26 Sep Desperate Times Call for Smarter Hiring Measures
By Caitlin Shostak
The labor pinch is real, with almost half of all US employers stating they can’t find the workers they need.
While some companies can wait out the scarcity of candidates in relative comfort, those in light industrial markets are feeling the pain. For industries that make, move or process material, a lack of people can result in lost production, failure to fill orders or an inability to take additional business.
The shortage of qualified candidates is hitting companies requiring skilled labor talent even harder.
By this point, most of us are aware the 4.0 percent unemployment rate – at its lowest point in almost two decades – and the 62.9 percent labor participation rate aren’t exactly ideal for employers.
Wages are creeping upward, but many companies have found small to moderate wage increases still aren’t attracting enough qualified people to meet hiring quotas. With some states possessing more job openings than active job seekers, this isn’t a surprise.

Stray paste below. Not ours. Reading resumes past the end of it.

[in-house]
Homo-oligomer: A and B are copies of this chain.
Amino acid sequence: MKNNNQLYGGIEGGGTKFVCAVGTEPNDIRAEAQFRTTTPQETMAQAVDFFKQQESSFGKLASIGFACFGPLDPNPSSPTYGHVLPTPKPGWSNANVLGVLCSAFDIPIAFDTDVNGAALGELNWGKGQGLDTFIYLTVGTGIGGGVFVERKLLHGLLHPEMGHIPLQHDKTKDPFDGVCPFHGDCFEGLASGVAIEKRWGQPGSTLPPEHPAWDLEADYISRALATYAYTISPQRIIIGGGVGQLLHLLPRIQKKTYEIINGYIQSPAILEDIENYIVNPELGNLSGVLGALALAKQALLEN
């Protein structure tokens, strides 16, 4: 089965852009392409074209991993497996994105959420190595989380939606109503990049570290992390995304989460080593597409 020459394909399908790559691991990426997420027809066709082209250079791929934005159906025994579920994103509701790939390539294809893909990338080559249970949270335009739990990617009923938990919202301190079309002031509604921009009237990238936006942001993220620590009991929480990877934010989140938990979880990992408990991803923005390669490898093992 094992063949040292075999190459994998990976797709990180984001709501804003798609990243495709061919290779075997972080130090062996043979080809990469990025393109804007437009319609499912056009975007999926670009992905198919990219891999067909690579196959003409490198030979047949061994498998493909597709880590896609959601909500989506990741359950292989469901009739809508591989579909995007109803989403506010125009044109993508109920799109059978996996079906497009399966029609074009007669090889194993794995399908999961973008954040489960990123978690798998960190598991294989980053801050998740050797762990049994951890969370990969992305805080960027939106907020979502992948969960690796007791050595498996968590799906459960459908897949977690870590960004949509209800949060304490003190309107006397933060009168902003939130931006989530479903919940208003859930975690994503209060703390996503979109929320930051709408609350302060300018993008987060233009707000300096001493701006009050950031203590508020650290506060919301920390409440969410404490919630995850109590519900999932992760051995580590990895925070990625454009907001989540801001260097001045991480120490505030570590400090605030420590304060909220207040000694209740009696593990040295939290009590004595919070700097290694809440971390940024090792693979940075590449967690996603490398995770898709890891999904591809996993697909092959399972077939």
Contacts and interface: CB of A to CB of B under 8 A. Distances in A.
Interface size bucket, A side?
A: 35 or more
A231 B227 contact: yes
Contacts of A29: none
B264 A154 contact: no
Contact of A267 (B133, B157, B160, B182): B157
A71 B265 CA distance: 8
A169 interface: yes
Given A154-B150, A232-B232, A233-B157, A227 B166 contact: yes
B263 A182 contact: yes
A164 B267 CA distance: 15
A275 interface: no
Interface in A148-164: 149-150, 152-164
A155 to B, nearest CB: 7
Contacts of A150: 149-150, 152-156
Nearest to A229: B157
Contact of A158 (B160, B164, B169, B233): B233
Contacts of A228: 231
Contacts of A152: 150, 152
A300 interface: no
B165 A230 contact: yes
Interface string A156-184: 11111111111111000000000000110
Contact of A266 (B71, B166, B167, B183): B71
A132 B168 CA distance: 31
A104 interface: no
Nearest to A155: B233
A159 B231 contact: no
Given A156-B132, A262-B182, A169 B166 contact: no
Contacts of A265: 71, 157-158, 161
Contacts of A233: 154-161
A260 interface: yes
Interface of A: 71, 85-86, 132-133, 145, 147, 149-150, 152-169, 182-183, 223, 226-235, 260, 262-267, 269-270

In other words, it’s rare to find numerous employees who desire full-time work, possess the desired skill set, have multiple years of experience, have high school diplomas or GEDs, don’t experiment with recreational drugs and have maintained a spotless criminal record.
We all want this ideal candidate, but finding a small quantity of these people within your price range may, literally, not be possible in your area.
So what’s a company to do with the current labor force situation? As we like to say at Ōnin, yesterday’s benefits aren’t attracting today’s talent. It’s time to think outside the box and develop a solution that fits the needs of both your business and your local workforce.
1. Turn full-time positions into part-time positions.
Nearly one in 10 workers between the ages of 25 and 54 voluntarily work part-time at 34 hours or less per week, according to the Bureau of Labor Statistics.
Teenagers, young adults and older workers are even more likely to desire part-time jobs, with women preferring part-time jobs at a rate three to five times higher than men of a similar age. The less education a woman has received, the more likely she is to be employed part-time voluntarily.
After all, part-time work is a desirable solution for those who want to care for children, attend school, earn extra spending money, care for ailing relatives, earn supplemental income in retirement or attend to other personal obligations.
If you’re struggling to hire full-time people in your area, a significant portion of your local population may be interested in part-time positions.